No one among us (with the possible exception of our parents) underrated the place of the Standells’ “Dirty Water” in rock and roll history. Years later, the Rock and Roll Hall of Fame would include “Dirty Water” on its list of 500 songs that shaped rock and roll. But to a 12-year-old — that’s how old my friends and I were at the time in 1966 when the song was a hit — “Dirty Water” was attainable. You heard it on the radio and you could remember it because it only had four simple notes and three or four major chords that were right out of the Mel Bay workbook: E, A, and D. The toughest was the B7 at the bridge. I’d guess that incalculable numbers of kids actually learned to play guitar back then by figuring out how to work this garage-rock classic.
The record also defined how an electric guitar would sound for the next generation: a Fender Stratocaster played through a Vox AC 30 amplifier. In turn, that sound (and the song) has been quoted by U2, Bruce Springsteen, Dave Matthews, Aerosmith, and more.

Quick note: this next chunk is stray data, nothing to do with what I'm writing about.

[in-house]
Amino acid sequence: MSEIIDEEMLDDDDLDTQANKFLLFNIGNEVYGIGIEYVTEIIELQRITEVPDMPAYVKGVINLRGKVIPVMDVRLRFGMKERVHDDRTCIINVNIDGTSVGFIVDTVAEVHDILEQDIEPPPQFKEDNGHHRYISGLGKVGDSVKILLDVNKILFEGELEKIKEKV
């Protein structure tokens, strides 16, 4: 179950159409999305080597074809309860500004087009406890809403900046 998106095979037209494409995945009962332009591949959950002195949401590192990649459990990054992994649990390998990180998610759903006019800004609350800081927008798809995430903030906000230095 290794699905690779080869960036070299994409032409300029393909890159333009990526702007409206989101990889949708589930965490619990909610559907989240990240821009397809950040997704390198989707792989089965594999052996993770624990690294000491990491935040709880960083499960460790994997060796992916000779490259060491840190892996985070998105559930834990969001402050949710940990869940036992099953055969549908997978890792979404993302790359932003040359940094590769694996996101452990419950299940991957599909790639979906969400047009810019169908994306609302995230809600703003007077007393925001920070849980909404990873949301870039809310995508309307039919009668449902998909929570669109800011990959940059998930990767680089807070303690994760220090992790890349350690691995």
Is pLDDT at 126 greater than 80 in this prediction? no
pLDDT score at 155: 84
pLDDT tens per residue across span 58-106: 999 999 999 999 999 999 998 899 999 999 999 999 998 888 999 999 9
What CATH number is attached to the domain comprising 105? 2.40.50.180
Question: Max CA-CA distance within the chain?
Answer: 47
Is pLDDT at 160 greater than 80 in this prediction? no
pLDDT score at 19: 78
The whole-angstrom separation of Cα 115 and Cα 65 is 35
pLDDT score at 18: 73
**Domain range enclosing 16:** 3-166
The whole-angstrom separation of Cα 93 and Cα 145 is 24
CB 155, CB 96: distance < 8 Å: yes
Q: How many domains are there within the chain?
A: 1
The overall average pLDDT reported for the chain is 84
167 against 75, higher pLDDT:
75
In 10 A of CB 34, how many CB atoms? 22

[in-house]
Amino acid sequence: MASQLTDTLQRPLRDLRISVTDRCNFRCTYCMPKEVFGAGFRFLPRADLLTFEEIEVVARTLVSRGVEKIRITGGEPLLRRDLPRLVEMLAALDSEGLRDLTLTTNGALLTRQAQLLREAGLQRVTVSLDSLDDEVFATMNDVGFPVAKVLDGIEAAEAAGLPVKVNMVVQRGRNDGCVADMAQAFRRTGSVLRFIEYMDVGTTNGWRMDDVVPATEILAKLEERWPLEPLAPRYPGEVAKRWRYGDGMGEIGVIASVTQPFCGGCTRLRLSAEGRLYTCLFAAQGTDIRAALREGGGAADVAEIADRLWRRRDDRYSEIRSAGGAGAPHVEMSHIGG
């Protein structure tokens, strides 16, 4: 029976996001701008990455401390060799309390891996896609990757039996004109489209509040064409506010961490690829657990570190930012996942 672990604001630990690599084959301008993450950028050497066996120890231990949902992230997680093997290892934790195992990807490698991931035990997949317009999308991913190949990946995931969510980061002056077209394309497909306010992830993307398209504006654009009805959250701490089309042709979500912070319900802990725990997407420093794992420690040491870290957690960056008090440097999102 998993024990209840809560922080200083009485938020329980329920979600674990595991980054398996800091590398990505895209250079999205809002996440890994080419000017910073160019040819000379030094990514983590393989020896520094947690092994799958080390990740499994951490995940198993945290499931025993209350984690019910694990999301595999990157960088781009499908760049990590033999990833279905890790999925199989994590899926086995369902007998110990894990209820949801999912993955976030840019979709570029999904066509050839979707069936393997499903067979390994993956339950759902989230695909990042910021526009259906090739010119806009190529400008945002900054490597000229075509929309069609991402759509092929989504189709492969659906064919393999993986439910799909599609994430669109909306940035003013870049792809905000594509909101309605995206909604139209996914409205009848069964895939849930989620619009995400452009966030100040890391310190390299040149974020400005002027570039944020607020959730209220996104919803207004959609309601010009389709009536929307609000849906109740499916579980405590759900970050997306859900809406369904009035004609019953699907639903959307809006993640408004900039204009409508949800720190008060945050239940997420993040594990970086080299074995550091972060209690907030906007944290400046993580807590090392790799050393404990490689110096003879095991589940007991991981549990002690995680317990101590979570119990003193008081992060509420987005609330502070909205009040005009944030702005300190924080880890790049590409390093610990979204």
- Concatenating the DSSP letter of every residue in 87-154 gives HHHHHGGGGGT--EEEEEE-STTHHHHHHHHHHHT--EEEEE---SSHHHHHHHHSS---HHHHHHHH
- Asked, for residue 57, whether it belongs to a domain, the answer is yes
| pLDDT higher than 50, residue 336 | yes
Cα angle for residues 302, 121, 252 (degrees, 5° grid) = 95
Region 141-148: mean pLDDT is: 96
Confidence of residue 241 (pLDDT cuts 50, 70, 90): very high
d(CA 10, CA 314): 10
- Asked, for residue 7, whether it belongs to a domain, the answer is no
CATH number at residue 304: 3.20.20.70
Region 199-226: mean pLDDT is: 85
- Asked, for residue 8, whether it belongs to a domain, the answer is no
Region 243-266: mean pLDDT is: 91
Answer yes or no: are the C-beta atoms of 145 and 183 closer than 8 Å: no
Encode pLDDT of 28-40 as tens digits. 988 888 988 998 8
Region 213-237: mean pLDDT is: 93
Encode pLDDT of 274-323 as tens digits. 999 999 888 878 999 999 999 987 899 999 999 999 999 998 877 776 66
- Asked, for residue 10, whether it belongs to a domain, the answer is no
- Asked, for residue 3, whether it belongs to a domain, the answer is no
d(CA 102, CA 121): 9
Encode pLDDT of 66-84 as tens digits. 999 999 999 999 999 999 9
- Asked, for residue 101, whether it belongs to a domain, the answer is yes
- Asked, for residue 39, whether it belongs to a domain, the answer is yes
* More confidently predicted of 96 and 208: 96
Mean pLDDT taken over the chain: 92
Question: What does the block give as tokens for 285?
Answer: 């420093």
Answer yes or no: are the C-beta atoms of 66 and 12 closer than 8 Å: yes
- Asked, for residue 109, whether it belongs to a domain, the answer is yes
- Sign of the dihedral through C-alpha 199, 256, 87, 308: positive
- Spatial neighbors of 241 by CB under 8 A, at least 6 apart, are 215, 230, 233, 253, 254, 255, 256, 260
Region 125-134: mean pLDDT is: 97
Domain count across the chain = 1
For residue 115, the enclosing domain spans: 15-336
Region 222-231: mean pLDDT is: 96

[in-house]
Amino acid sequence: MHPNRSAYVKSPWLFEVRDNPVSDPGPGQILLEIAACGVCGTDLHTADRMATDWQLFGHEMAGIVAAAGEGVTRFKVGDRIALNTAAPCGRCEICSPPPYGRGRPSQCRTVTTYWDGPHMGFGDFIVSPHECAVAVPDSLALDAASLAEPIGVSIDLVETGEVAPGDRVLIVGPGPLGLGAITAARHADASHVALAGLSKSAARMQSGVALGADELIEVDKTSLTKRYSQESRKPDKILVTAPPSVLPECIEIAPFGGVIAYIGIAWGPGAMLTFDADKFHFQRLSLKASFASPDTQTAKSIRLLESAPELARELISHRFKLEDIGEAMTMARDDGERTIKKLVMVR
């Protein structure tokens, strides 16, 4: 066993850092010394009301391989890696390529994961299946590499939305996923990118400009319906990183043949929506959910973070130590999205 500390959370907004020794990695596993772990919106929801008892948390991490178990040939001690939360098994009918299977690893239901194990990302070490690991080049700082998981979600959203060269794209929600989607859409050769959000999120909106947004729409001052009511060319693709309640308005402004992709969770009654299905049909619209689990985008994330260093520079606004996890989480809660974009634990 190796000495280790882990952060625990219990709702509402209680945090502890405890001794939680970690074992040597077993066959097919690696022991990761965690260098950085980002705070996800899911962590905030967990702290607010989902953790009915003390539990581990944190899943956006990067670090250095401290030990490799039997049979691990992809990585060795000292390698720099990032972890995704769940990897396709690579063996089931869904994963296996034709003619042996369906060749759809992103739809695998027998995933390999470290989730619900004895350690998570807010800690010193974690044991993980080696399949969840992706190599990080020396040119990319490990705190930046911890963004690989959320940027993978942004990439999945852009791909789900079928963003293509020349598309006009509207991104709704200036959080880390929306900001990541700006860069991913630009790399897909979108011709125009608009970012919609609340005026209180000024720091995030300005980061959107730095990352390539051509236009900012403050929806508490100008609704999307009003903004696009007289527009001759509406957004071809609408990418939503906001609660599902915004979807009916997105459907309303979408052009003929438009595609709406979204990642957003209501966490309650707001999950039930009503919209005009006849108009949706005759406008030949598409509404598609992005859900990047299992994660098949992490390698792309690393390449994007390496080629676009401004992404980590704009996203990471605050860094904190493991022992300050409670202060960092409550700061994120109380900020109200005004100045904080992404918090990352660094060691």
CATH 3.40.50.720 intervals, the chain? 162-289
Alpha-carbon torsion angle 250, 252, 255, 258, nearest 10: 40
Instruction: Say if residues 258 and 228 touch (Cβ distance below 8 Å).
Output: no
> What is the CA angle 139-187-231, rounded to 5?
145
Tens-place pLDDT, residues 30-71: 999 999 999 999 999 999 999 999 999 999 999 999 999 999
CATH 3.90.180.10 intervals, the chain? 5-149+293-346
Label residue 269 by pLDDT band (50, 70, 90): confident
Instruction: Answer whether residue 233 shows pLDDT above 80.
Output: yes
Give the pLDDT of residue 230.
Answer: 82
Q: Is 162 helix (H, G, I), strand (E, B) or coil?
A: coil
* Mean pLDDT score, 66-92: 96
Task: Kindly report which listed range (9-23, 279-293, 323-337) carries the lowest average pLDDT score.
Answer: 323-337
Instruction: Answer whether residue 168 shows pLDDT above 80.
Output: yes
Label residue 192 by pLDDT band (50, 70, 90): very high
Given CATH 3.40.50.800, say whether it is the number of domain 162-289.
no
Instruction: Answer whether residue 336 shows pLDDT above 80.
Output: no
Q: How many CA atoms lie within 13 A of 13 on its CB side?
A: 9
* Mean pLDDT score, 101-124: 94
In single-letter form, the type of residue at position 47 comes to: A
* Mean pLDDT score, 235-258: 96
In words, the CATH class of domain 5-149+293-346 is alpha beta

There’s a local connection, sort of. Dick Dodd, drummer and vocalist, was a Standell in 1965 and sang the lead on “Dirty Water" and “Riot on Sunset Strip.” The former Mousketeer now lives in Redondo Beach, and when Richard Livoni re-booted his Blitz Brothers band last year, Dodd was his first choice for drummer. The Standells are likewise listed on the page of one-hit wonders. “Dirty Water” was pretty much it for them, but it was enough. When the remaining Standells play Adams Avenue, we will sit politely through Bump, their new album, and we will wait for that one familiar tune about a polluted river and thugs and the Boston strangler, because for us, it was a song that was a gateway into a new world.
The Standells: Adams Avenue Street Fair, Saturday, September 28, 8:30 p.m. 619-282-7329. This is a free, all-ages event.